[time-nuts] Favorite counters (current production)?
actast at hotmail.com
Sat Nov 11 13:39:15 EST 2017
The FS740 is interesting. Obviously it has a lot going for it, but what appears to be missing is graphic data display capabilities which would simply be a few line of code. Perhaps I missed something skimming through the manual.
And it appears to be a simple L1 receiver, I myself am looking forward to an instrument with these great user features backed up in an instrument using L1/L2 as well as the other GNSS constellations with carrier phase as well is simply looking at the L1 timing signal. What I also find interesting is the rubidium has the same phase noise spec as their physically impressive stand alone quartz The phase noise is very good compared to LPRO and X72 on the FS725's I have measured with the 5MHz phase noise meeting their specs but the 10MHz seems consistently about 10dB optimistic.
All and All a real nice instrument that may soon find a place in my lab. Tramsmille has also come out recently with a similar concept but I have not seen any details.
From: time-nuts <time-nuts-bounces at febo.com> on behalf of Magnus Danielson <magnus at rubidium.dyndns.org>
Sent: Saturday, November 11, 2017 8:57 AM
To: time-nuts at febo.com
Cc: magnus at rubidium.se
Subject: Re: [time-nuts] Favorite counters (current production)?
On 11/11/2017 01:44 PM, Tom Van Baak wrote:
>> A trouble with some of these modern counters is that sometimes their
>> processing isn't as transparent as it used to be. The trouble with that
> I agree 100%. They get "too clever" for their own good and the internal design is not released. This is one reason why the TAPR TICC is so welcome. Totally open h/w and s/w. Ok, it doesn't quite compete with 20 ps full-featured high-end counters, but it's also 10x cheaper.
This is a common problem to the researchers and the time-nuts.
We can hope that the vendors reading this take notice about these needs.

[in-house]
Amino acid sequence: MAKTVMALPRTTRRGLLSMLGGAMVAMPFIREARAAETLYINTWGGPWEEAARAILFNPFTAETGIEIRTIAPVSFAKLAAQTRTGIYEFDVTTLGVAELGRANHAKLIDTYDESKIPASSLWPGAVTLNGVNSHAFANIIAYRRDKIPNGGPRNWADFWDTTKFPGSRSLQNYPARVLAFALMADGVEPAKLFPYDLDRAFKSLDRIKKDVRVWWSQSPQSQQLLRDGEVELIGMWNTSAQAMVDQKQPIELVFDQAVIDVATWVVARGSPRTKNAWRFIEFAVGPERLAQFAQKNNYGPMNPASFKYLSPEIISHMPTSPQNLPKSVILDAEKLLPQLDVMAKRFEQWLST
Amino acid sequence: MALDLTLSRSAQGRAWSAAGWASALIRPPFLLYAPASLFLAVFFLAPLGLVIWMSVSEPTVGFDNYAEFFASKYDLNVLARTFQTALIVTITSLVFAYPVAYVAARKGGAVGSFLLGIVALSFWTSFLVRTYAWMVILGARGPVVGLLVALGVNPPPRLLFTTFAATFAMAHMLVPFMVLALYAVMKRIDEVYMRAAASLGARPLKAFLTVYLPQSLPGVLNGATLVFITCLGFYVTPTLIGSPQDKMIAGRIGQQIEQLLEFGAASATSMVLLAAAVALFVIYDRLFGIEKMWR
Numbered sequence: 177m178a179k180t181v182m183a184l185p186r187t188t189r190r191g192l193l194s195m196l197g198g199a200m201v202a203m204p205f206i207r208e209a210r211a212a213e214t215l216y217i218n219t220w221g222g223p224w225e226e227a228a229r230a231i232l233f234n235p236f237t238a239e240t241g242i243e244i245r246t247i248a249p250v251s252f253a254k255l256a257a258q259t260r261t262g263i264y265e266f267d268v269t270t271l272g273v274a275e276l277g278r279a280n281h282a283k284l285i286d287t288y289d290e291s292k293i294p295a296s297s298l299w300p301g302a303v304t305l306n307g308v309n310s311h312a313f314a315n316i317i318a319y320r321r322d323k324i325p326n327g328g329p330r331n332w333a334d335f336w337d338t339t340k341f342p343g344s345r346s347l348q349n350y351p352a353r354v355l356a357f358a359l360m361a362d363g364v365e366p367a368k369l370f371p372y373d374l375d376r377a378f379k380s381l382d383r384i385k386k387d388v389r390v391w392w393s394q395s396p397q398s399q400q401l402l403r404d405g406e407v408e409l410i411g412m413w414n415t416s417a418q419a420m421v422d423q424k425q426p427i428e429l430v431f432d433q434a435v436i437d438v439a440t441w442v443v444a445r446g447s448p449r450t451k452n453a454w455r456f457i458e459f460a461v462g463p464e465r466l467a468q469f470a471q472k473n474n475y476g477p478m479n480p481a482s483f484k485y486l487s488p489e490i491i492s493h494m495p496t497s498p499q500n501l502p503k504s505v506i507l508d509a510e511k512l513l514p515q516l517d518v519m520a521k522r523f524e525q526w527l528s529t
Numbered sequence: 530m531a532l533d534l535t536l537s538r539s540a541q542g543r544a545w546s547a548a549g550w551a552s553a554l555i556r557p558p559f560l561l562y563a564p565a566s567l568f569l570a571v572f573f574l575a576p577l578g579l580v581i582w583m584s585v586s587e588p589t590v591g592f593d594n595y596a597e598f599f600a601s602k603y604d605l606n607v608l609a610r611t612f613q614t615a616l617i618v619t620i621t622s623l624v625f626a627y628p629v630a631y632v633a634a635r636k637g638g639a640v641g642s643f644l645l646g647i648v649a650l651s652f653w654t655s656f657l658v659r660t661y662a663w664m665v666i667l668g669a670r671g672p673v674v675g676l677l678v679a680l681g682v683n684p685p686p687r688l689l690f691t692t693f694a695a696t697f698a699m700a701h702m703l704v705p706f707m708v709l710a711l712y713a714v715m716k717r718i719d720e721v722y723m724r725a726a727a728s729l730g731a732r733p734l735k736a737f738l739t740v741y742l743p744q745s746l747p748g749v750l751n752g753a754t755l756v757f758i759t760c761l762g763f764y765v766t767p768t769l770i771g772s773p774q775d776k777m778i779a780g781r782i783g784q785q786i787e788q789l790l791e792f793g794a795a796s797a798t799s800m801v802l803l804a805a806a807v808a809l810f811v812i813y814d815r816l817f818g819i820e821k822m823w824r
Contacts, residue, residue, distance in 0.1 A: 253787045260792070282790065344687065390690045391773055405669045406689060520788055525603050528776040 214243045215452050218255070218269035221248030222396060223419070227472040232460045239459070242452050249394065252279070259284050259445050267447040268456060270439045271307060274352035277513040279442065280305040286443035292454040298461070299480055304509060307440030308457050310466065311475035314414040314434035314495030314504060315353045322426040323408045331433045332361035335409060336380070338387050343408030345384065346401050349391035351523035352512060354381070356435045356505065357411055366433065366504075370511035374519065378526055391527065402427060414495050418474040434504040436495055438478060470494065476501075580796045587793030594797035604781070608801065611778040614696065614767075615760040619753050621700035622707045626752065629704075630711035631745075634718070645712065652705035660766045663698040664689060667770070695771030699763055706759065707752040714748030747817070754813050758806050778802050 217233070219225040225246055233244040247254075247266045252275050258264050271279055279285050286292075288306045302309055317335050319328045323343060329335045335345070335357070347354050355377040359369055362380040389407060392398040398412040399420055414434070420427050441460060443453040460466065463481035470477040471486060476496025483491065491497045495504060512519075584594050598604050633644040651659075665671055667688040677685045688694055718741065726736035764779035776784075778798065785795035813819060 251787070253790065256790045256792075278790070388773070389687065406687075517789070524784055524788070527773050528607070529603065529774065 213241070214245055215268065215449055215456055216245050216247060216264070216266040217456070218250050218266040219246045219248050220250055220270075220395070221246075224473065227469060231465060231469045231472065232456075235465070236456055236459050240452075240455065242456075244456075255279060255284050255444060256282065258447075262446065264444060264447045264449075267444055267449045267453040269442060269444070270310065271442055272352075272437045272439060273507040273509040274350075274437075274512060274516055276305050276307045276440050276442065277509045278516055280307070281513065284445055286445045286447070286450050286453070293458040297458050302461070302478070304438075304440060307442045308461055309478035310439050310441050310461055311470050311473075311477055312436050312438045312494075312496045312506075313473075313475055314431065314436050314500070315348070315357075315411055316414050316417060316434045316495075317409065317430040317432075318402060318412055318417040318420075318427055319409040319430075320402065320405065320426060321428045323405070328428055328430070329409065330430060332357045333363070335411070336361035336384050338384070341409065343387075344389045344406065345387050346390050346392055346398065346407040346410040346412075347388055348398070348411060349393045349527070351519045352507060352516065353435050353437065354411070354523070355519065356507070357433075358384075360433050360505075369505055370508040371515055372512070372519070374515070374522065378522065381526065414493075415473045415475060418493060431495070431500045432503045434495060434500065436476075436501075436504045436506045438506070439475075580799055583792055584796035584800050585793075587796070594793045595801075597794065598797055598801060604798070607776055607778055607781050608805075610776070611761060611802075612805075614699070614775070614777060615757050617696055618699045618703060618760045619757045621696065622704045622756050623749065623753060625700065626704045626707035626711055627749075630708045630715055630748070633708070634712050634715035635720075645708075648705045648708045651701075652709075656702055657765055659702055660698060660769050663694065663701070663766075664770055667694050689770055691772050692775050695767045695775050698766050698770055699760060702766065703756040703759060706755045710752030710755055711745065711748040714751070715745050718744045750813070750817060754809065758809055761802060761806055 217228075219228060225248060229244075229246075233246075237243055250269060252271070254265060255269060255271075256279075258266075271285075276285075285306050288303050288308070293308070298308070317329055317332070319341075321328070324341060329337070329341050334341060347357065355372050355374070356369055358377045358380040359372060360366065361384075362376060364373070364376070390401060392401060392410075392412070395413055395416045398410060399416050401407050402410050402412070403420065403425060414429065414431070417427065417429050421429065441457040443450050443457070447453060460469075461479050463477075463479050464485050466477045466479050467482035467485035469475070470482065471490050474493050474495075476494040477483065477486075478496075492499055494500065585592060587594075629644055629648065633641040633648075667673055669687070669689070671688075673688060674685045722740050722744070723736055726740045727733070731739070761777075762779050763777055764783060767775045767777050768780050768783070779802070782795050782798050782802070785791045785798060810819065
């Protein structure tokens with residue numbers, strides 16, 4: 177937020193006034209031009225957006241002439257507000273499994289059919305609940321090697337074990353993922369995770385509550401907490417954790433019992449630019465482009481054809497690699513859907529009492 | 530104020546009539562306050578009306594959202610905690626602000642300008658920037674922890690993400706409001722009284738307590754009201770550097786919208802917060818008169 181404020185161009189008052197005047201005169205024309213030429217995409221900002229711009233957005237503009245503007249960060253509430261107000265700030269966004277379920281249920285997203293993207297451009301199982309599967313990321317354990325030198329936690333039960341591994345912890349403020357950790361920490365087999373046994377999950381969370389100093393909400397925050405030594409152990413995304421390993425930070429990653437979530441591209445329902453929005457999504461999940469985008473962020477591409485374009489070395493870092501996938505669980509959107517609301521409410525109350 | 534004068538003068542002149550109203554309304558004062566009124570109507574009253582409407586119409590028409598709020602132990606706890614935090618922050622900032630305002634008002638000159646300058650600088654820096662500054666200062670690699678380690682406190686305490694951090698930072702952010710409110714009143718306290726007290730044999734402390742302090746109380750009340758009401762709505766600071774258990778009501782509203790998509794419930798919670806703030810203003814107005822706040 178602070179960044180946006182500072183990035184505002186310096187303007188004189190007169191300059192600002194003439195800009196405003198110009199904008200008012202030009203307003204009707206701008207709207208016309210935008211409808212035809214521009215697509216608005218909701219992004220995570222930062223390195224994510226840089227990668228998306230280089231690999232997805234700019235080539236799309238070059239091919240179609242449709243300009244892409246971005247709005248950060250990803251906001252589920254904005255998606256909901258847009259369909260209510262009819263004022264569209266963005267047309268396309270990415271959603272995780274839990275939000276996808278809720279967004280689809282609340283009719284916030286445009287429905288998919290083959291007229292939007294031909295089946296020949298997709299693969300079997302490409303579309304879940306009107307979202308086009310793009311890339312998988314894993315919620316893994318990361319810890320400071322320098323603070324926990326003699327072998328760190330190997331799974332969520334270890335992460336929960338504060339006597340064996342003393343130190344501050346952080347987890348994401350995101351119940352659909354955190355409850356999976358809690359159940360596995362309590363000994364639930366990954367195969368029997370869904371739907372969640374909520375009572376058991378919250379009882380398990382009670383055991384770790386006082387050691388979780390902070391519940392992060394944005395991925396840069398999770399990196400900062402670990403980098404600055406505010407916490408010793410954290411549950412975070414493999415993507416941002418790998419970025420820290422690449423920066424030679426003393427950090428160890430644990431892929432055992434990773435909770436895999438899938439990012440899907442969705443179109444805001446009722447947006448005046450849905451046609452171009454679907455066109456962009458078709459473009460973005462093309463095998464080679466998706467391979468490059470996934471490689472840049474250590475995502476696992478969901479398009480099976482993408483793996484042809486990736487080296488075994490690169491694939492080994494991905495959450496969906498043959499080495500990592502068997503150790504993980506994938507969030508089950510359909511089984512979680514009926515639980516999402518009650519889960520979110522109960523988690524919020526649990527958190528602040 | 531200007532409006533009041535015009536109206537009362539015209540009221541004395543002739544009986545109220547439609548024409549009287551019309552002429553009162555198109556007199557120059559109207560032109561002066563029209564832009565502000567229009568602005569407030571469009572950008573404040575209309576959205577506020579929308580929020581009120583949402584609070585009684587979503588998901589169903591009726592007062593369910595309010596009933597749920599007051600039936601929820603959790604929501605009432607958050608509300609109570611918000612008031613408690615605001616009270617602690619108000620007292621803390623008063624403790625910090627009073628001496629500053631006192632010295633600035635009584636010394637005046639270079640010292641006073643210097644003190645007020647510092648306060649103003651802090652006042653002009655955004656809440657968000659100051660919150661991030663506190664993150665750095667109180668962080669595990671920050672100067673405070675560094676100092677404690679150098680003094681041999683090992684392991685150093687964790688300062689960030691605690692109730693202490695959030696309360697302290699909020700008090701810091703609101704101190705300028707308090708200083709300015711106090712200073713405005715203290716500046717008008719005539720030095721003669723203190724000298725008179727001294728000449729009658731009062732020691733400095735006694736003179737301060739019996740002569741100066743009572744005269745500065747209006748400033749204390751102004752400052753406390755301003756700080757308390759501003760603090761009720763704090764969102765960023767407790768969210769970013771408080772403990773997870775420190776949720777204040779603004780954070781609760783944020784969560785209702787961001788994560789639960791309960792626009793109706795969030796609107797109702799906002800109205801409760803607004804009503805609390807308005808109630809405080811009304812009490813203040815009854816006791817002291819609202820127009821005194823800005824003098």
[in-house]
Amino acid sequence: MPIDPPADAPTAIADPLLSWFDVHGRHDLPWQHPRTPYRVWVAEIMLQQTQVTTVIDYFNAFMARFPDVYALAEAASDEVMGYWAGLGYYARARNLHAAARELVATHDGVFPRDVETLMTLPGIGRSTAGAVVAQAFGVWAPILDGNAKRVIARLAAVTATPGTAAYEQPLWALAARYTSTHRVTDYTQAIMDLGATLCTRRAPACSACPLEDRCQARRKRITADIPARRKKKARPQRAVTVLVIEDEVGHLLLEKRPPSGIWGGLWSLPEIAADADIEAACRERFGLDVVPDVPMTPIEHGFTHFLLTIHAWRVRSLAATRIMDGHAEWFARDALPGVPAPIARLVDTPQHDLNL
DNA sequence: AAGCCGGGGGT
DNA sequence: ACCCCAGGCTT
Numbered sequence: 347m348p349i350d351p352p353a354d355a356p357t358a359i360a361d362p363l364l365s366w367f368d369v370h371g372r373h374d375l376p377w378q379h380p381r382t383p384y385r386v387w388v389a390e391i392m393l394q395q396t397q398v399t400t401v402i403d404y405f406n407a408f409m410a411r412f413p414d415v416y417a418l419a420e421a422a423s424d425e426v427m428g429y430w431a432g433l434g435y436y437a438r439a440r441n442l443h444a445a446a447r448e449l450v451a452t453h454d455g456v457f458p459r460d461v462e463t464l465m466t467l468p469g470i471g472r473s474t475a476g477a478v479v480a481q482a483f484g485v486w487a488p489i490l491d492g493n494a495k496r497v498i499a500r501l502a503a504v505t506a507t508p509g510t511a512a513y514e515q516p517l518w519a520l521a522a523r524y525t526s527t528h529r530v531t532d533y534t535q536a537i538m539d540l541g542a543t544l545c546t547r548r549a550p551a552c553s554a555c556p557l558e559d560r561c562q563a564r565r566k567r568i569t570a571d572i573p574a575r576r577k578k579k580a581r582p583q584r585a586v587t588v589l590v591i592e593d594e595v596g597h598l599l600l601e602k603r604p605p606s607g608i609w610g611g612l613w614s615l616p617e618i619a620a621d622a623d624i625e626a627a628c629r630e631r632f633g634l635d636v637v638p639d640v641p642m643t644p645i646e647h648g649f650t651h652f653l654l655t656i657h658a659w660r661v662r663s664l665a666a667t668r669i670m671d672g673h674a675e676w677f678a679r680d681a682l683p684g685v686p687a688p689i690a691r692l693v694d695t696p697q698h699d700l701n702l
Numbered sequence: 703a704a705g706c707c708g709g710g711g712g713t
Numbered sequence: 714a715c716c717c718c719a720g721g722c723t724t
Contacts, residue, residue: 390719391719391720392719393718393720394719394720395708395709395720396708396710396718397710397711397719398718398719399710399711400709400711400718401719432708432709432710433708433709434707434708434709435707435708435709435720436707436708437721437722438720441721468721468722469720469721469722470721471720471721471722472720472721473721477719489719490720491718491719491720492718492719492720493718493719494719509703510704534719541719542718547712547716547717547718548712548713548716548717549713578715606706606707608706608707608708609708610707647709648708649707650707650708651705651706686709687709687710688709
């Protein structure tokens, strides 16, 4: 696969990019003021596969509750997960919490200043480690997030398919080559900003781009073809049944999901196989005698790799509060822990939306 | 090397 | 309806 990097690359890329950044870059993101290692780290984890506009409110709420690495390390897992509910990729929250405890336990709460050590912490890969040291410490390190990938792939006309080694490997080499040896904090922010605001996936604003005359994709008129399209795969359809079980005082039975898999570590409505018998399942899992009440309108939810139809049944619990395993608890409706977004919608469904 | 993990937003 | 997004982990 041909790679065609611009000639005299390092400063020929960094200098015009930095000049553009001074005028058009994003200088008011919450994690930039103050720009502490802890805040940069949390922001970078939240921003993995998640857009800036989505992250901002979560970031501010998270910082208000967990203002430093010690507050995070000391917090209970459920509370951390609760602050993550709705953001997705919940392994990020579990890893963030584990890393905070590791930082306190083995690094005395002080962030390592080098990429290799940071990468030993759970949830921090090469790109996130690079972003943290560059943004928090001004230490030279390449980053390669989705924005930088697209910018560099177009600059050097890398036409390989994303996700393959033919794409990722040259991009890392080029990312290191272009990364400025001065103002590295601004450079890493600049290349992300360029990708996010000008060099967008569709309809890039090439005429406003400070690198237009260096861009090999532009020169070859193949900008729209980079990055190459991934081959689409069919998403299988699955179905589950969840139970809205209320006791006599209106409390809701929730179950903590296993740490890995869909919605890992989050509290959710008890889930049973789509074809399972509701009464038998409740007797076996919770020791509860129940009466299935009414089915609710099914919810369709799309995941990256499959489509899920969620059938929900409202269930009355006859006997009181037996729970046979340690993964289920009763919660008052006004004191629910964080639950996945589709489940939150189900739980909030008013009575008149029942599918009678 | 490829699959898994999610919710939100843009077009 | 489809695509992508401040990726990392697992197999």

> That said, I want to point out that the latest GPSDO / counter from Stanford Research continues their tradition of relatively open design. If you have an hour, go through the very detailed user manual, which includes theory of operation and BOM and schematics, just like the old days:
FS740 GPS Time and Frequency System<http://www.thinksrs.com/downloads/PDFs/Manuals/FS740m.pdf>
Stanford Research Systems FS740 GPS Time and Frequency System Certification Stanford Research Systems certifies that this product met its published specifications at ...
Frequency Standards - Stanford Research Systems<http://www.thinksrs.com/downloads/PDFs/Catalog/FS740c.pdf>
Stanford Research Systems phone (40)744-9040 www.thinSRS.com Frequency Standards FS740 — GPS Time and Frequency System
> It's rather understated: they call it a "GPS time and frequency system" but it does frequency synthesis and pulse generation, frequency counting and time tagging, stats including ADEV, etc. You can see how they combined pieces of several other products all into this one modern instrument. Perhaps there's no need for them to ever refresh the SR620 now that the FS740 exists.
Many thanks for this one, I did not know about this one, but look very
>> That said, I hope Keysight can straight it out. I'm not out to bash
>> them, but I'm not as excited about their products as I was back in the
>> HP and early Agilent days.
> Right. That's also why I mentioned that if someday there's a Keysight B version of the 53230 I'm all in. Surely someone at Keysight is looking into this. They just need someone with a time nut mentality to clear up all the loose ends. Meanwhile the FS740 is on my Christmas list.
Exactly my view. That we comment on it here, is since we learn and need
to track it. Hopefully they learn from this.
Vendors have become better at interacting again.
In the meanwhile, I hope Santa has a nice FS740 for me under the
christmas tree. Need to be nice now for a the rest of the year.
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